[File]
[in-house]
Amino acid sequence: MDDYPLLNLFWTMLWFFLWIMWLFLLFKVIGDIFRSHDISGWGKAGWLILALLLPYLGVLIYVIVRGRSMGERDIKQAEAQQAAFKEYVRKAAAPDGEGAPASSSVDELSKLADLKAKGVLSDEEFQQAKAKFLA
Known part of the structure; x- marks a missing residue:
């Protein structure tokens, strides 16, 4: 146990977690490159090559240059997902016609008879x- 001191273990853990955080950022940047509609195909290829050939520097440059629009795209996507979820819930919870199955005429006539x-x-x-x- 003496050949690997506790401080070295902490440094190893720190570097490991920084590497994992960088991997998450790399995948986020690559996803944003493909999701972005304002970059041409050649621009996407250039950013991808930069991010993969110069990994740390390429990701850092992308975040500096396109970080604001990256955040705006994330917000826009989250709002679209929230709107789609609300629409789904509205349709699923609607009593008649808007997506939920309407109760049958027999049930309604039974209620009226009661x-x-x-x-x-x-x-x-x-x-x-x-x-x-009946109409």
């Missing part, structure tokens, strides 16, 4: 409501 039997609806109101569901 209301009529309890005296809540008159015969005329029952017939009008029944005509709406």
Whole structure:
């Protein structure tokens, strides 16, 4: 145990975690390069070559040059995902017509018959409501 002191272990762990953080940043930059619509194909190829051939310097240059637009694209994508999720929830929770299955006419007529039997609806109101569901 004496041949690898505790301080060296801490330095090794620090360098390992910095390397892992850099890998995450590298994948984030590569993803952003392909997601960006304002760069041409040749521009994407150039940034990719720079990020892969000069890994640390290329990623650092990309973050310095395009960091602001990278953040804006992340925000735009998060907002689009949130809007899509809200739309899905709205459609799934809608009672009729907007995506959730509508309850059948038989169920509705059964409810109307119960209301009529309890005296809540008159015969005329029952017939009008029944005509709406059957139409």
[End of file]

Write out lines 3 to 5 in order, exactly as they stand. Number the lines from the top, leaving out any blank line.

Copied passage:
Known part of the structure; x- marks a missing residue:
């Protein structure tokens, strides 16, 4: 146990977690490159090559240059997902016609008879x- 001191273990853990955080950022940047509609195909290829050939520097440059629009795209996507979820819930919870199955005429006539x-x-x-x- 003496050949690997506790401080070295902490440094190893720190570097490991920084590497994992960088991997998450790399995948986020690559996803944003493909999701972005304002970059041409050649621009996407250039950013991808930069991010993969110069990994740390390429990701850092992308975040500096396109970080604001990256955040705006994330917000826009989250709002679209929230709107789609609300629409789904509205349709699923609607009593008649808007997506939920309407109760049958027999049930309604039974209620009226009661x-x-x-x-x-x-x-x-x-x-x-x-x-x-009946109409």
């Missing part, structure tokens, strides 16, 4: 409501 039997609806109101569901 209301009529309890005296809540008159015969005329029952017939009008029944005509709406």